This comes from one of my fave bloggers and writer-guys, Chuck Wendig. He can be a little raunchy with the tips, but he’s always right on.
This week, Chuck enlightens us with 25 tips for writing dialogue, and I gotta tell you. I think dialogue can make or break a character, pacing, and a story. Here are some of MY thoughts on that.
What I really like about Chuck’s tips here is that he nails the importance of good dialogue and its role in plot. Here’s a taste:
3. Sweet Minimalism
Let’s get this out of the way: don’t hang a bunch of gaudy ornaments upon your dialogue. In fiction, use the dialogue tags “said” and “asked” 90% of the time. Edge cases you might use “hissed,” “called,” “stammered,” etc. These are strong spices; use minimally. Also, adverbs nuzzled up against dialogue tags are an affront to all things and make Baby Jesus pee out the side of his diaper, and when he does that, people die. In scripts, you don’t have this problem but you can still clog the pipes with crap if you overuse stage directions. Oh, heavy dialect and sland? Just more ornamentation that’ll break the back of your dialogue.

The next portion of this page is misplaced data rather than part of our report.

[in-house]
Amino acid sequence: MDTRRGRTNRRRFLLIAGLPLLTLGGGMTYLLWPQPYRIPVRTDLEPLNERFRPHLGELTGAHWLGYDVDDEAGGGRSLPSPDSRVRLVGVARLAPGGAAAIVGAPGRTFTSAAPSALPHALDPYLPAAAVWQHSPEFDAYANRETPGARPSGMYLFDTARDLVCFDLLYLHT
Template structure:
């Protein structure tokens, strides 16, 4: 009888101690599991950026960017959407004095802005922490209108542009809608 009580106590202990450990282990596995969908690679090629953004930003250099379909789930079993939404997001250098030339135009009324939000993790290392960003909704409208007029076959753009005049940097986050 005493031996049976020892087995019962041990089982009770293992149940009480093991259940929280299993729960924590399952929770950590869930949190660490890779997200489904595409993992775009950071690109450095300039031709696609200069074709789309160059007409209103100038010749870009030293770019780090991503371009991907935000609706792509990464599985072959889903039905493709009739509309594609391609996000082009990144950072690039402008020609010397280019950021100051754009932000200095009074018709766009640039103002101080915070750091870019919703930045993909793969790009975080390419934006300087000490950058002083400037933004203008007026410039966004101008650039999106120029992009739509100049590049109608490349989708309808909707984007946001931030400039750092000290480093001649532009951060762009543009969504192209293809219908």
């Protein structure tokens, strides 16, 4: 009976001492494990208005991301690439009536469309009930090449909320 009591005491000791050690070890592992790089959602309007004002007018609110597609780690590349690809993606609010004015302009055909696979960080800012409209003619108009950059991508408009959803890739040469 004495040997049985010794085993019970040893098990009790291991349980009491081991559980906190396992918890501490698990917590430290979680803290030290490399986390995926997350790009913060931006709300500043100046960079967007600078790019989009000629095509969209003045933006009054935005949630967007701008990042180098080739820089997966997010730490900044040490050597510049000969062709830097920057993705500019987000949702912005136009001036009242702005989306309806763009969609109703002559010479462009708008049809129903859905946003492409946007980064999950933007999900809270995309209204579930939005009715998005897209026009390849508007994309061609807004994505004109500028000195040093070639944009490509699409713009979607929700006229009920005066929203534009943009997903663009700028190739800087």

6. Shape Determines Speed
Short, sharp dialogue is a prison shiv: moves fast ’cause it’s gotta, because T-Bone only has three seconds in the lunch line with Johnny the Fish to stitch a shank all up in Johnny’s kidneys. Longer dialogue moves more slowly. Wanting to create tension? Fast, short dialogue. Want to create mystery? Longer, slightly more ponderous dialogue. Want to bog your audience in word treacle? Let one character take a lecturing info-dump all over their heads.
And there are 23 more, just waiting for you to peruse
Happy writing, happy reading!